Obama moves on coal and readers respond to Sagebrush coverage.

HCN.org news in brief.

 

OBAMA MOVES ON COAL
January was a turbulent month for the coal industry. On Jan. 11, Arch Coal, one of the nation’s largest coal companies, filed for bankruptcy. The company’s financial troubles stem from short-sighted investments and the utilities’ recent shift to natural gas, because of its lower price and to comply with state and federal air pollution regulations. On Jan. 15, the Interior Department announced an immediate moratorium on new federal coal leases, as it takes a closer look at the program. White House officials say the program should be updated to reflect the impact that coal burning has on the climate and to ensure that taxpayers and local communities near the mines get a fair payout from that public coal. Meanwhile, the national shifts in coal production are playing out at a local scale. Oregon and Washington are both considering legislation that would reduce coal-fueled energy use, and the prospect is causing uncertainty in coal-producing towns in Montana.
-Elizabeth Shogren and Bryce Gray

A haul truck carries overburden away from draglines at Wyoming’s Black Thunder Coal Mine, operated by Arch Coal, in 2012. Arch Coal says it doesn’t anticipate major layoffs at its mines, despite its recent filing for bankruptcy.
© Greenpeace/Tim Aubry

80: percent by which Fort Collins, Colorado, plans to cut its carbon emissions by 2030.

2050 year it plans to be carbon neutral.

Even as world leaders struggled to set climate goals, Western cities like Fort Collins have charged ahead on reducing greenhouse gas emissions to avoid the ecological catastrophe scientists warn of. With its purple political background and acknowledged need to wean itself from coal power, Fort Collins could serve as a blueprint for other mid-sized communities. The city’s aggressive plan to be carbon-neutral by 2050 relies partly on solar-panel and energy-efficiency rebates, and a new community solar garden. Still, those plans will come at a price, as much as $300 million by 2020.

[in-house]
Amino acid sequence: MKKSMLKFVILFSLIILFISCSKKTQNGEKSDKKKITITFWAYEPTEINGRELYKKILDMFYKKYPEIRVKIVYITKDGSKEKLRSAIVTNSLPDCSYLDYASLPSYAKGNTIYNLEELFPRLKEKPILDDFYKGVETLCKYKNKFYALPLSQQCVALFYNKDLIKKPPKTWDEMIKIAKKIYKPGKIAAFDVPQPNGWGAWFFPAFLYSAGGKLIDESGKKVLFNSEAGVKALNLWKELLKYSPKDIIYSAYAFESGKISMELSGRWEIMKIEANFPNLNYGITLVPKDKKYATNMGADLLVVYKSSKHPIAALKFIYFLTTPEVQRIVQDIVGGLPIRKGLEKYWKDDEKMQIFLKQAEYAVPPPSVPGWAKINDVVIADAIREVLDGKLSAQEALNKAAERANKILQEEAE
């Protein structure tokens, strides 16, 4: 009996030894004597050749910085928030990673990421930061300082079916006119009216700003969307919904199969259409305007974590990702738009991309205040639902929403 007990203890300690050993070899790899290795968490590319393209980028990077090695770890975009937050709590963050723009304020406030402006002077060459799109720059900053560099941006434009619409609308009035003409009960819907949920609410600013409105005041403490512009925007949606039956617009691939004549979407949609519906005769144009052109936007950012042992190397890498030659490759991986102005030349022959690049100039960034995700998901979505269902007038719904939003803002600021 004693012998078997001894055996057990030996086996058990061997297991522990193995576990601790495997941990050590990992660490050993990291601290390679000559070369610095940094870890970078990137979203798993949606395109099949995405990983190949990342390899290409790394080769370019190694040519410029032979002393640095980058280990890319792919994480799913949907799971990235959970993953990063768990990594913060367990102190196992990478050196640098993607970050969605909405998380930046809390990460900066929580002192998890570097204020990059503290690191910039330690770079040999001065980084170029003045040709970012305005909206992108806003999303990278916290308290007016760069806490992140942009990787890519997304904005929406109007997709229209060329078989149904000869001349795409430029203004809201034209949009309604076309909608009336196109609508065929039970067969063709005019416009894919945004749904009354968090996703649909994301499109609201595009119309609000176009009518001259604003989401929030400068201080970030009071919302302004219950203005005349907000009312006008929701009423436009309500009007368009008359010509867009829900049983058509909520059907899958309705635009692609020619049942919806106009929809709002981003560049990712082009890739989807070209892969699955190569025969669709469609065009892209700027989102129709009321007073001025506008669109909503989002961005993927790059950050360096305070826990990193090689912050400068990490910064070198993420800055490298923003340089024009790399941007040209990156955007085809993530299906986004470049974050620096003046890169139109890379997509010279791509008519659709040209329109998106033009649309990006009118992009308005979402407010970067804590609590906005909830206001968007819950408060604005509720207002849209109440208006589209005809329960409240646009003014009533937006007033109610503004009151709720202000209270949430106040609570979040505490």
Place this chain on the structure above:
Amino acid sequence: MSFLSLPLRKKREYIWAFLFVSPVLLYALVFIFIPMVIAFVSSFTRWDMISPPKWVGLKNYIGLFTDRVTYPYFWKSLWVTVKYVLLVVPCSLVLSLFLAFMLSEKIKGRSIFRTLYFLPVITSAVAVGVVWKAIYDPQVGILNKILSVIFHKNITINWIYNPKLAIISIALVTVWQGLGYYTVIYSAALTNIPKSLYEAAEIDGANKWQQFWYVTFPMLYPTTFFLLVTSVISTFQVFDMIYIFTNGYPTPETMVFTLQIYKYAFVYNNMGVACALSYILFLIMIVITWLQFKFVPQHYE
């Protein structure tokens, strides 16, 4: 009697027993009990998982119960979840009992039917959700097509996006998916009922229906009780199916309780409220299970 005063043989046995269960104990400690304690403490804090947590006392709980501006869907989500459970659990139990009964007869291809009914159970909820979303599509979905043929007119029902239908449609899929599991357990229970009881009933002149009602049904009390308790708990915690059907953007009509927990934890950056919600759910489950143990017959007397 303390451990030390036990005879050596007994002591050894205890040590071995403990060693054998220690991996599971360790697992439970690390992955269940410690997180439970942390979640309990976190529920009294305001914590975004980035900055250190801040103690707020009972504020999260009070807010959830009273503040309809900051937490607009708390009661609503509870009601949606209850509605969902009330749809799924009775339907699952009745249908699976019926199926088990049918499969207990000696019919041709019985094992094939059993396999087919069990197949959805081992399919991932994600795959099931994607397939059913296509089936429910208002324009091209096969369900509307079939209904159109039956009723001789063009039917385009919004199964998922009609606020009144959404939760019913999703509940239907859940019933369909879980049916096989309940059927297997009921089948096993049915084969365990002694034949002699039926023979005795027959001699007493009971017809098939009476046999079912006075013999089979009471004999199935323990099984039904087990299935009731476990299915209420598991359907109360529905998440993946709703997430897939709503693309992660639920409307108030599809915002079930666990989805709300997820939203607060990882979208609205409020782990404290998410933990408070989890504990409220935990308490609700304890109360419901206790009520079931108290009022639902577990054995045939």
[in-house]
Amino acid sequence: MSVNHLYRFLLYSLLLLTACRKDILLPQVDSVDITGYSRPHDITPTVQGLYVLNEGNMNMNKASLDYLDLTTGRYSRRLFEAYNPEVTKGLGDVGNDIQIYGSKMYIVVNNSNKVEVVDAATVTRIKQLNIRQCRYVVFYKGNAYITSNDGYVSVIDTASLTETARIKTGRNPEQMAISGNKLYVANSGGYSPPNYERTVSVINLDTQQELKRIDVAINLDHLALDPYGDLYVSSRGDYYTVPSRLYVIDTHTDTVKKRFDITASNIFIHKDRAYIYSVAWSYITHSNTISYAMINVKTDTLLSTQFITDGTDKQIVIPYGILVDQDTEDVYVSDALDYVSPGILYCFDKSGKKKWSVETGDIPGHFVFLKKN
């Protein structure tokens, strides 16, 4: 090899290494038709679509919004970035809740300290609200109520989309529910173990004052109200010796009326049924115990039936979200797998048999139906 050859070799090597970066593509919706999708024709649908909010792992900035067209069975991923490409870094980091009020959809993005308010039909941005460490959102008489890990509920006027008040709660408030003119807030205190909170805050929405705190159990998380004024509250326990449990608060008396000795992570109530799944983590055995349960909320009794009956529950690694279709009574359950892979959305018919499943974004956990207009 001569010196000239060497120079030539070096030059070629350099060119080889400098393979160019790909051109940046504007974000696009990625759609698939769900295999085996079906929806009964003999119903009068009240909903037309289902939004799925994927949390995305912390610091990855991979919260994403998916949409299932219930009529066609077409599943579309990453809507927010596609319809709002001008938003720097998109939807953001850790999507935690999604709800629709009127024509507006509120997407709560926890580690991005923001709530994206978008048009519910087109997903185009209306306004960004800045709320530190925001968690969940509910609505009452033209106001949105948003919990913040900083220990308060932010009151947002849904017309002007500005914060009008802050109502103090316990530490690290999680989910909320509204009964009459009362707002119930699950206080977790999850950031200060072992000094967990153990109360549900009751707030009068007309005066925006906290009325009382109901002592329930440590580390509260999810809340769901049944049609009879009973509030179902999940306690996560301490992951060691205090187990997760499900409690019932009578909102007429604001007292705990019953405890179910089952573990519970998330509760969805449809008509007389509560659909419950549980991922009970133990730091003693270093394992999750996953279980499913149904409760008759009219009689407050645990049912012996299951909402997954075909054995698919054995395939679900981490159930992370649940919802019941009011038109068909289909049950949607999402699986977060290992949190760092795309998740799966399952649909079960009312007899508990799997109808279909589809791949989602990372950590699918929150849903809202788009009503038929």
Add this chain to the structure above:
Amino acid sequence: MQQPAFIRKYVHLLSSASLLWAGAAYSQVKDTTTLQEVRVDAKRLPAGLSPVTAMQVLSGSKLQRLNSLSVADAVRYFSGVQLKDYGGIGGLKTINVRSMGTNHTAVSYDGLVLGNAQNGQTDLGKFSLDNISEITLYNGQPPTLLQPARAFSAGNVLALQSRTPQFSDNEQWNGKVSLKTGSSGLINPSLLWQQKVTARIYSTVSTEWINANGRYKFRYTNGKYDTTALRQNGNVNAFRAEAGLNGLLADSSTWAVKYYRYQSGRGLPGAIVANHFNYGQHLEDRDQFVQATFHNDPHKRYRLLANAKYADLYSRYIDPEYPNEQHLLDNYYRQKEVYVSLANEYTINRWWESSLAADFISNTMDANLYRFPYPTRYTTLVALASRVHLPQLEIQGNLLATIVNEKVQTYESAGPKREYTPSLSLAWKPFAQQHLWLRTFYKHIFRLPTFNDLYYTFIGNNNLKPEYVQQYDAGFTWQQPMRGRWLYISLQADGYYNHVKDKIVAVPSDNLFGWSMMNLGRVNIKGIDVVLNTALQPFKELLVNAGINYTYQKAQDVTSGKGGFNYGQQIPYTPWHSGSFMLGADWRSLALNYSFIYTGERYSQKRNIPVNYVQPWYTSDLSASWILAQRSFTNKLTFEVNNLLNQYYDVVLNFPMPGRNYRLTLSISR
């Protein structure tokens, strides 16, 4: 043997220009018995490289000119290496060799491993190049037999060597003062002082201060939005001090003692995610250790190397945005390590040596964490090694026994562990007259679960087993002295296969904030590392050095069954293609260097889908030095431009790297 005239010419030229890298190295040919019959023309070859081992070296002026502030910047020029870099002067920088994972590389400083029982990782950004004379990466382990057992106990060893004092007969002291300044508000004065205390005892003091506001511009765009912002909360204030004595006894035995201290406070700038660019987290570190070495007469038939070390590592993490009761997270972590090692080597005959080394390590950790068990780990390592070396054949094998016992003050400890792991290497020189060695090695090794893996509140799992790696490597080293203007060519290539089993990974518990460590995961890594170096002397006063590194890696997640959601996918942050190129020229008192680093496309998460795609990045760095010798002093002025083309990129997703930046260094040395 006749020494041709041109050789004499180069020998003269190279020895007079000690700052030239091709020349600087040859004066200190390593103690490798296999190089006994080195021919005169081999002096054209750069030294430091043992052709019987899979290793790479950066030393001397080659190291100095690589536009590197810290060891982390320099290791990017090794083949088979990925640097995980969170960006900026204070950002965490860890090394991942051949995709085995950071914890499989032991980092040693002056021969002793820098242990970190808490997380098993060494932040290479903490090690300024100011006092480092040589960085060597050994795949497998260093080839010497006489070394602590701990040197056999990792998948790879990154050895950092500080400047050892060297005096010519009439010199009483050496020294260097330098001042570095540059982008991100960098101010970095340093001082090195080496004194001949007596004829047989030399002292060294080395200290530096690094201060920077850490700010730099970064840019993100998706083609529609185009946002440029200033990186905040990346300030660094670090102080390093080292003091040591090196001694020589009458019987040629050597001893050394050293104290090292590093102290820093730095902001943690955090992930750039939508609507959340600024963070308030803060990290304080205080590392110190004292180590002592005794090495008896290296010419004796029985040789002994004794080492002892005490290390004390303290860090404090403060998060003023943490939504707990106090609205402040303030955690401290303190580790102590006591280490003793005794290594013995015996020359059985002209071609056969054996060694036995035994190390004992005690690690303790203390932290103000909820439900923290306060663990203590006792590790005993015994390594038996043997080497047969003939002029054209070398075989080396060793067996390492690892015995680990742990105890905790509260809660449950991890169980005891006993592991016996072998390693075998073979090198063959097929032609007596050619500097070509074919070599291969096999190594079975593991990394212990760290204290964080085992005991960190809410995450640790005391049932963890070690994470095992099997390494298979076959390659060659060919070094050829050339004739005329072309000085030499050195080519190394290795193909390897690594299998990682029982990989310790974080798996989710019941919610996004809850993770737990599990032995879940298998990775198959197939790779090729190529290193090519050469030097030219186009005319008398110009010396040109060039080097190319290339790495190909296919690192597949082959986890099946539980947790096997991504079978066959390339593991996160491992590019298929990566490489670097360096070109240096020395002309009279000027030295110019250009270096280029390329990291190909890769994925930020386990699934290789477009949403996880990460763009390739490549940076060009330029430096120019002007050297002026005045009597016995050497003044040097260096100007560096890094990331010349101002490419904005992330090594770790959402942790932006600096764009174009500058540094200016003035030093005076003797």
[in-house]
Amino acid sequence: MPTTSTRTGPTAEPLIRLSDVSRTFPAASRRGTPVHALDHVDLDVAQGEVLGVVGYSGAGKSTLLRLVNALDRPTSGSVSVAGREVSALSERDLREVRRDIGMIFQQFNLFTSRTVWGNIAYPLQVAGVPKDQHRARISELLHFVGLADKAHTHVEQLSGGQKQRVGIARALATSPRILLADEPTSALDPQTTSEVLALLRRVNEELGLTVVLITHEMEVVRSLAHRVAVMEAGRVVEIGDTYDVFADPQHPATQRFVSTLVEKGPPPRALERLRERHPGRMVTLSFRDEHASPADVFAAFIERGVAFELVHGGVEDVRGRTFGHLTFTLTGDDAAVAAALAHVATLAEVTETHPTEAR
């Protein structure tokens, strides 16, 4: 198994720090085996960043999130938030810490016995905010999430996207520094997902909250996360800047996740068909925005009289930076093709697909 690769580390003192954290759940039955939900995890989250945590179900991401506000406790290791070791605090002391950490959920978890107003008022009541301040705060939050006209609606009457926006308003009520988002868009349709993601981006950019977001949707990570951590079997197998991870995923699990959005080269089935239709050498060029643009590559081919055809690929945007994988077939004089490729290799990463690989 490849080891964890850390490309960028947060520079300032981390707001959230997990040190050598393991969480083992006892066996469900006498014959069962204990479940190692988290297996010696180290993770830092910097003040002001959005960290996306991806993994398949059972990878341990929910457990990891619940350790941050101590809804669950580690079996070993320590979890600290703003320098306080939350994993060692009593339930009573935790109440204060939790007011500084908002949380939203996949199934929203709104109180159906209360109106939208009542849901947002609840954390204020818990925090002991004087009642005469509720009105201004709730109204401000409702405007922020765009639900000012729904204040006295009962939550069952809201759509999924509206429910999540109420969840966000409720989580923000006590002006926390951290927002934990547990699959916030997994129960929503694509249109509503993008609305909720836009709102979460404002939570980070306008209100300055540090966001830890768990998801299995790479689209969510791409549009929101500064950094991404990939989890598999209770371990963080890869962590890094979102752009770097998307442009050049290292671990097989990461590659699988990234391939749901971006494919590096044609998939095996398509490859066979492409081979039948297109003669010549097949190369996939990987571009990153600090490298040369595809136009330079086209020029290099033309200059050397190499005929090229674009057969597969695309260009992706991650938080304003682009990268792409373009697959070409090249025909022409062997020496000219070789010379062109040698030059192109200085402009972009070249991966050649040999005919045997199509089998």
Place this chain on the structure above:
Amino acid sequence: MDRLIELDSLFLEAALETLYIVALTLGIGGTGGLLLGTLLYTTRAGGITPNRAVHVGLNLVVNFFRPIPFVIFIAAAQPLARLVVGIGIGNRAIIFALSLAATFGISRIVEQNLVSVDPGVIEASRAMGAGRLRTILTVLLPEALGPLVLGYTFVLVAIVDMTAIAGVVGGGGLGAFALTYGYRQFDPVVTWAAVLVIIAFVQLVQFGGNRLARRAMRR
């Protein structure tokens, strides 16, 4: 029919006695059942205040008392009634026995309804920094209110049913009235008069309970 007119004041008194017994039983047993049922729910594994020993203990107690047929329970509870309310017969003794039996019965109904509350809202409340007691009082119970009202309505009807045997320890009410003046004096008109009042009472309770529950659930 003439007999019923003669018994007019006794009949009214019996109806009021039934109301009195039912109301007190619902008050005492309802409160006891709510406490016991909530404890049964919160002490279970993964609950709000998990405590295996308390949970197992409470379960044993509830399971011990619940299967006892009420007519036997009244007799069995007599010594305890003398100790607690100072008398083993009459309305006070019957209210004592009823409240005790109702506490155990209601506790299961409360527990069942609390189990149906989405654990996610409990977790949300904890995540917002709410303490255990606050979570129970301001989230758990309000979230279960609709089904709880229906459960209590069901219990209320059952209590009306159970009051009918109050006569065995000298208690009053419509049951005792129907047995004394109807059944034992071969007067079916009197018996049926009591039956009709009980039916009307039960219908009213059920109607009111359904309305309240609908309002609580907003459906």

-Joshua Zaffos

HOW TO SHELTER MOUNTAIN STREAMS
Bull trout are an indicator species of stream health, but they’ve been devastated by mining pollution, agricultural runoff and non-native competitors. Those populations that survive are further threatened by rising stream temperatures. But Forest Service research biologist Dan Isaak and his colleagues are mapping where stream temperatures are likely to stay cold and could offer a refuge not just for bull trout, but other cold-water fish across the West. Those new maps are being used to identify areas for reclamation and protection.
-Krista Langlois

The cold-water climate shield helps fish and wildlife managers determine what streams will be cold enough to support native fish in the future.
USDA, U.S. Forest Service, Rocky Mountain Research Station

10.1 MILLION acres burned in wildfires in 2015. This surpassed the previous record of 9.9 million acres, set in 2006, the biggest year documented since modern record keeping began, in 1960.
-Gloria Dickie

PHOTOS: JUMPERS-IN-TRAINING
Every year before the summer fire season, novice smokejumpers undergo strenuous training to prepare them for the rapidly changing conditions they will face in the field. Experienced jumpers help train new recruits for dangerous work, which involves parachuting out of planes to fight fires. Photographer Matt Mills McKnight spent three days at a training in McCall, Idaho.

Forest Service smokejumpers throughout the United States have jumped with circular parachute canopies since 1939, although square canopies were developed in the 1960s and 1970s and are currently used by smokejumpers who work for the Bureau of Land Management.
Matt Mills McKnight

SAGEBRUSH RECESSION
Sagebrush Rebellion-linked events like the occupation of the Malheur Wildlife Refuge in Harney County, Oregon, often happen in places that have had dramatic economic downturns, typically the result of changing technology and the West’s drift away from extractive industries. For example, Harney County once had a thriving economy driven largely by the timber industry. Today, fewer than 200 jobs — or 4 percent — are associated with logging and forestry. Other flare-ups in New Mexico and Montana followed closely on the decline of mining, logging and ranching. Still, most counties have opted to reinvent themselves rather than turn toward rebellion.
-Paige Blankenbuehler

You say

Nancy Coscione: “Grow hemp, go organic, embrace nature and biodiversity, instead of destroying and conquering it.”

Lee Nellis: “We have done a poor job of dealing with the economic evolution of the West.”

Rose Comstock: “You’d think there’d be enough room for everyone to enjoy and use those lands without all the dust-ups, but rural communities dependent on access to public lands for a variety of economic activity have been given the short end of stick."

 

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